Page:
Domestic violence victims' advocate signs on at St. John's

Monday, December 1, 2003
Dorothy Crookshank, a domestic violence victims' advocate, has set up shop at St. John's Hospital ---- Berryville, funded by a federal grant and matching funds from St. John's. CCN / Anna Mathews

BERRYVILLE ---- A domestic violence victims' advocate is now on staff at St. John's Hospital----Berryville, to provide 24-hour assistance to victims in need.

The position was established using federal grant funds from the Victim Justice and Assistance program and with matching funds provided by St. John's.

Dorothy Crookshank, a former teacher who holds a law degree, was brought on board to fill the position.

"St. John's is the first hospital in the state to have an in-house advocate," said Crookshank.

"I want to advertise the fact we're here and to raise domestic violence awareness. It's a challenge to change attitudes."

Crookshank says it takes a woman seven times leaving before she actually leaves an abuser ---- or is killed. Almost half of all female homicides are the result of domestic violence, and every 15 seconds a woman becomes a domestic violence victim.

"When a woman leaves, it is the most dangerous time," she said. "We'll use neighboring shelters and will do follow-up here."

Crookshank said she is available 24-hours a day.

Persons needing emergency assistance should call 911.

"When it's an emergency, call 911," she said. "The dispatchers have my beeper number. So do the emergency rooms and the police departments."

She can also be reached by calling (870) 423-5194. That number rings through to her office and will become 24-hour activated on Monday.

Crookshank said there are many advantages to having an advocate housed in the hospital.

"It's a wonderful solution," she explained, saying domestic violence victims are often required to go to the prosecutor's office to file an order of protection or to seek help from the overloaded victim-witness coordinator.

"When women come to the hospital to see me, they have great anonymity," she explained. "No one knows why they are here, perhaps to visit a patient or to get a flu shot. It's like having a satellite prosecutor's office right here in the hospital.

"It's incredible the danger women can be in," she continued. "The hospital is more inviting. It's a wonderful facility for this."

Crookshank says she has three main goals: provide a safe place for victims; offer follow-up services, such as financial, educational and vocational; and, offer prevention and educational services to the community.

To this end, she has met with all law enforcement agencies in the county and has visited with church officials to establish a Hispanic outreach program.

"We have emergency translators and our partner in Bentonville has an interpreter on-call 24 hours a day," she said. "I speak rudimentary Spanish and will take up Spanish again."

Crookshank says she would like to go into the schools to offer a short course in domestic violence.

"I'd like to get young women to see the red flags," she explained, "and raise the general perception of Carroll County kids so they can see domestic violence from a different view point.

"My idea is to have a network of organizations, churches, schools and others," she said.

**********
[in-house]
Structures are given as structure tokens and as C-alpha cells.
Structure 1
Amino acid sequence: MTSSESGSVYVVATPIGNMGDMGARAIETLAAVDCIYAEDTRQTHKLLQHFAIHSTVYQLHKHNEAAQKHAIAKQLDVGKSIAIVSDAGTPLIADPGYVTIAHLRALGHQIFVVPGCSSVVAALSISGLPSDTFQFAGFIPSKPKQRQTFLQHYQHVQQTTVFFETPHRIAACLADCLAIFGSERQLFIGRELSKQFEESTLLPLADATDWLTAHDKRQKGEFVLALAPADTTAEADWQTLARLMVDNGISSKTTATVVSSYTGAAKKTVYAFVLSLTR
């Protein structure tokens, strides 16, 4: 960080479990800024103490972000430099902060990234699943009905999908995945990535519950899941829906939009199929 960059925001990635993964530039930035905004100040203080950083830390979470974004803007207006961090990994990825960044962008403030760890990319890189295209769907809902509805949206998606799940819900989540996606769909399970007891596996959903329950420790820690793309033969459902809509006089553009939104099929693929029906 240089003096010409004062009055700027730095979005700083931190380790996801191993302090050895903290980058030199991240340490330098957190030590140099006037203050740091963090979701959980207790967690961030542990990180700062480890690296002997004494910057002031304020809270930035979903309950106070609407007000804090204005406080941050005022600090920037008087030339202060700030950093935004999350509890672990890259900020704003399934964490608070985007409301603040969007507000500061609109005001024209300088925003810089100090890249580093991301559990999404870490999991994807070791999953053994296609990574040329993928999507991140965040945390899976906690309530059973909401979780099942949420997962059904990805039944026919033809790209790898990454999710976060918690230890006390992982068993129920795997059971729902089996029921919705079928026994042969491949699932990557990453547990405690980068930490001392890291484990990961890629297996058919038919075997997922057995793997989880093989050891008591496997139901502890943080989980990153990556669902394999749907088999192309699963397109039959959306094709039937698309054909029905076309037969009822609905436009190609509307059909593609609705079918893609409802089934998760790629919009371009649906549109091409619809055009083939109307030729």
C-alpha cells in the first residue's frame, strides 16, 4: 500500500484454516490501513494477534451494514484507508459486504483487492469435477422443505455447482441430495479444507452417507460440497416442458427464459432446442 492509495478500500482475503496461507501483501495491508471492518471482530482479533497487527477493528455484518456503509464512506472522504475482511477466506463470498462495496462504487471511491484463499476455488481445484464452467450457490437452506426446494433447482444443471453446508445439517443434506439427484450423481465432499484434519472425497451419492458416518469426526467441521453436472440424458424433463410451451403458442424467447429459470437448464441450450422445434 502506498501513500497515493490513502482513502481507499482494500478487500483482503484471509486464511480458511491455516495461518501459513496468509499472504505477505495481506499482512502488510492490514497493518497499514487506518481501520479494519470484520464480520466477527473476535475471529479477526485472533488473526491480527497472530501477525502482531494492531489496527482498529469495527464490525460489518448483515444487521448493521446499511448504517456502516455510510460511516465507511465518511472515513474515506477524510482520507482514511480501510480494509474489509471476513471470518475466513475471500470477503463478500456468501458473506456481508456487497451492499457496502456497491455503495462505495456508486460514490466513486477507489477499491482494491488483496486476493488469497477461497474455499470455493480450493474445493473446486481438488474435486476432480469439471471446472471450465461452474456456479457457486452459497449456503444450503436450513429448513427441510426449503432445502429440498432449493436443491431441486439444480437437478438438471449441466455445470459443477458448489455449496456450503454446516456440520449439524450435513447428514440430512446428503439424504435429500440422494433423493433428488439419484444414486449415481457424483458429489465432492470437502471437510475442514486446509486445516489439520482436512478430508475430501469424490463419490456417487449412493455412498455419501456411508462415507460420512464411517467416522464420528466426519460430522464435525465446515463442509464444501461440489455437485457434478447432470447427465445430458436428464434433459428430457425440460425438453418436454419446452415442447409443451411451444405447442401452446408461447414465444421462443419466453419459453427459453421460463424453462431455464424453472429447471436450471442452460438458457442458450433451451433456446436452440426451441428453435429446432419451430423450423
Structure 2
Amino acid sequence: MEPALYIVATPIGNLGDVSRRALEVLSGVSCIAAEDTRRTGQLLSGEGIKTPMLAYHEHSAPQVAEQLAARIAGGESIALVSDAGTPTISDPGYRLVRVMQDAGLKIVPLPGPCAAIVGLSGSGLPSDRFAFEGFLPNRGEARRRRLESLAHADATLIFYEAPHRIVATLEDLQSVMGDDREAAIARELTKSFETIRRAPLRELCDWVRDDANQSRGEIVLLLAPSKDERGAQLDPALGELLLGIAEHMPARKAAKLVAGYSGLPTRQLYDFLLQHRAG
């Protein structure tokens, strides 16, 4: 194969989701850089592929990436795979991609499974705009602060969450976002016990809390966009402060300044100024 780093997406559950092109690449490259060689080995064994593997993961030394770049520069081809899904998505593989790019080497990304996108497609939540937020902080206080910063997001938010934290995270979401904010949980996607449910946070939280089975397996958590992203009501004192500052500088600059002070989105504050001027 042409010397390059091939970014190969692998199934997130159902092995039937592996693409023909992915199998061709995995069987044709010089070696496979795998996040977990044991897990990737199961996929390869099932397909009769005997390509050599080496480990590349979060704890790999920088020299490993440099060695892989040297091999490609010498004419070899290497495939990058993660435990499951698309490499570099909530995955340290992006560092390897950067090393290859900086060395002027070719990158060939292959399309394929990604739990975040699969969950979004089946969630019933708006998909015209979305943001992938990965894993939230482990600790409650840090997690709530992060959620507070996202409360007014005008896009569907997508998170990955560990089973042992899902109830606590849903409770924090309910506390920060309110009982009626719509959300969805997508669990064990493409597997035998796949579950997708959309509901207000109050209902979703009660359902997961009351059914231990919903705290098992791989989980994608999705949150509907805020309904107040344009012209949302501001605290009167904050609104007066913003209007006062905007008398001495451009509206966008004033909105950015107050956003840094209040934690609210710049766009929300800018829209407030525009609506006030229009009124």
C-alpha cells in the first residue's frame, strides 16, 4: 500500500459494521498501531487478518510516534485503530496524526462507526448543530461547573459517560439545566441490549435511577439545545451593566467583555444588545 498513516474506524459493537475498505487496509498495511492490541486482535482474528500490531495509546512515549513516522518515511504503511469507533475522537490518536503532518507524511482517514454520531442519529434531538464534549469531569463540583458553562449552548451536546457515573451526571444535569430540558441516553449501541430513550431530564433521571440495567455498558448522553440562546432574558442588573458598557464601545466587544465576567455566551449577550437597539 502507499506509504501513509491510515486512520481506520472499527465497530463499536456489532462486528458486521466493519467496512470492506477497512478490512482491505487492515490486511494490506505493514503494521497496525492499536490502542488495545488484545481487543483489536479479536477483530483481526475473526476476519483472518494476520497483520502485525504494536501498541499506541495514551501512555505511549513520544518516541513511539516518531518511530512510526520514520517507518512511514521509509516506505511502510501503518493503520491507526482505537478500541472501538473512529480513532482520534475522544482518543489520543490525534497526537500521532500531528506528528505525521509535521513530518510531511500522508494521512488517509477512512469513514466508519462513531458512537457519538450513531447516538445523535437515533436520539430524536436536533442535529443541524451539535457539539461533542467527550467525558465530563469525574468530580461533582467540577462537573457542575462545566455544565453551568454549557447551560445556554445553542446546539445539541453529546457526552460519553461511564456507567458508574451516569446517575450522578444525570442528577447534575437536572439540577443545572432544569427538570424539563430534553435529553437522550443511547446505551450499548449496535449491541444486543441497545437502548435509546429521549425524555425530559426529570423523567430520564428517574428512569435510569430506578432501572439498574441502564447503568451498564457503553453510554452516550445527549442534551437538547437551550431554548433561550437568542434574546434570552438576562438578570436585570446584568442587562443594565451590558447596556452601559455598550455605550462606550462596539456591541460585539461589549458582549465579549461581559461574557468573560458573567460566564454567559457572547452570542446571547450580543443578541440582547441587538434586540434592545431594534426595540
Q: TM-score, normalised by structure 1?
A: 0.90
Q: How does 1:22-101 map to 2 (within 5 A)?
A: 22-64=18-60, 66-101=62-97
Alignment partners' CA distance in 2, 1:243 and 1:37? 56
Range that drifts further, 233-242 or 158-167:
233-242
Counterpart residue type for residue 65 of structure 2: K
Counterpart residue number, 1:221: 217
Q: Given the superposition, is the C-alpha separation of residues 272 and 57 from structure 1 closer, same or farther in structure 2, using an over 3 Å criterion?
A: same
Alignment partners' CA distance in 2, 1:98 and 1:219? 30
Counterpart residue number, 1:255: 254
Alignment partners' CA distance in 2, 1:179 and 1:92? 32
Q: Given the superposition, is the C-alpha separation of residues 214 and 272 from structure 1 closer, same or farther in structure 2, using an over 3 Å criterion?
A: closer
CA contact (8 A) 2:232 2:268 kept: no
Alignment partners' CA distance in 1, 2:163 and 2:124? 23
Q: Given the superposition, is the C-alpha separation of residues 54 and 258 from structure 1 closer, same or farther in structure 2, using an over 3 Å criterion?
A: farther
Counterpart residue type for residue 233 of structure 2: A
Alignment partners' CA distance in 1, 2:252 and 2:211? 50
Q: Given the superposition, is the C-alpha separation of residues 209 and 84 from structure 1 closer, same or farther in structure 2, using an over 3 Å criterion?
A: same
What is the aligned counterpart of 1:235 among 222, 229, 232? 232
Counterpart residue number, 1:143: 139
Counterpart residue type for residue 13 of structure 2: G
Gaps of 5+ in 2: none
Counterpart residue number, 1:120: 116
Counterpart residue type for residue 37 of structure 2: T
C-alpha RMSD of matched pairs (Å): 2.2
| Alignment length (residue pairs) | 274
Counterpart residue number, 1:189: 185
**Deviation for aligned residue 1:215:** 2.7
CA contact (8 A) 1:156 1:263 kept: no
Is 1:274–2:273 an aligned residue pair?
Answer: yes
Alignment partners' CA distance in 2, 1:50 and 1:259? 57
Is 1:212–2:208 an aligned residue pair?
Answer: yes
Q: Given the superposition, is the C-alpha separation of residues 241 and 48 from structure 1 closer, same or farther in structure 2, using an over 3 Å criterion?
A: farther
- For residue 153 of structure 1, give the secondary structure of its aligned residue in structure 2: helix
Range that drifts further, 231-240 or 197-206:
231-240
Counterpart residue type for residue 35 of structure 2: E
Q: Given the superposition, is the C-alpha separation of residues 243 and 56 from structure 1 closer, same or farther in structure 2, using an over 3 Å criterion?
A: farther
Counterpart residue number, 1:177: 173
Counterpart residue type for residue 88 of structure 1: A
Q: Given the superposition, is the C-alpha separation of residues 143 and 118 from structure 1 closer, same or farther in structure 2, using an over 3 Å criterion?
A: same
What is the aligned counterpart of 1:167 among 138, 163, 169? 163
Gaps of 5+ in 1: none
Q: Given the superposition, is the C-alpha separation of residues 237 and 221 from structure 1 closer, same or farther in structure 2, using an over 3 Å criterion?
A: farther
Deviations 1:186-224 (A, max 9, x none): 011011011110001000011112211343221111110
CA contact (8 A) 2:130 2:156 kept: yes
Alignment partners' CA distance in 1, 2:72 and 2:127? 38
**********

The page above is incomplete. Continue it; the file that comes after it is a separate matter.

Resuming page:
Crookshank has been working with hospital personnel on an early intervention program by establishing screening protocols. As a result, all patients are now asked "do you feel safe at home?" along with a series of other questions while alone with a hospital staffer.

"We are finding out that more and more women are experiencing domestic violence at home," she said.

On the day of this interview, Crookshank was involved with an emergency situation. A woman brought her husband into the emergency room because he was experiencing fits of violence. Crookshank was able to offer assistance to the woman ---- "to become her advocate," she explained.

Crookshank wanted it understood that she is available to help all domestic violence victims, even men, although they account for less than five-percent of the victims.

The job ahead will be a challenge for Crookshank, who sought the position after a friend told her of the opportunity.

"I'm a teacher with a law degree from the University of Arkansas at Fayetteville," she explained. "I was never interested in traditional law work. I wanted to make the world a better place. A friend told me the hospital was looking for someone with a legal background to do non-profit type work. That was me."

Crookshank said she lives outside of Eureka Springs and waited tables at the Crescent Hotel for a period of time.

She had high praise for David Dennis, administrator of St. John's.

"David did a lot to take this on," she said. "That meant a lot to me. I was very impressed and he's incredibly supportive."

Dennis said he has been working with other community leaders to address the domestic violence problem in Carroll County ever since the shelter, Harmony House, closed its doors last year.

He said he submitted the grant application in an attempt to provide assistance to victims

The money received provides a year's worth of funding for an advocate, he said, adding that the ultimate goal is to find funding for a domestic violence shelter in Carroll County.

During discussions over the past year, Dennis said it was clear that St. John's was the likely candidate "to take the lead" because of St. John's affiliation with the Sisters of Mercy Health System.

"The premise of Sisters of Mercy is to provide help to the poor, to women and children, and to provide support," he explained. "Assisting victims fits right in line with what we're all about.

"We're working now to get appropriations to set up a shelter, he said. "We'll go to all communities to try to get a community partnership. The first step was to get an advocate."

That is what he has done and Crookshank is here to help.

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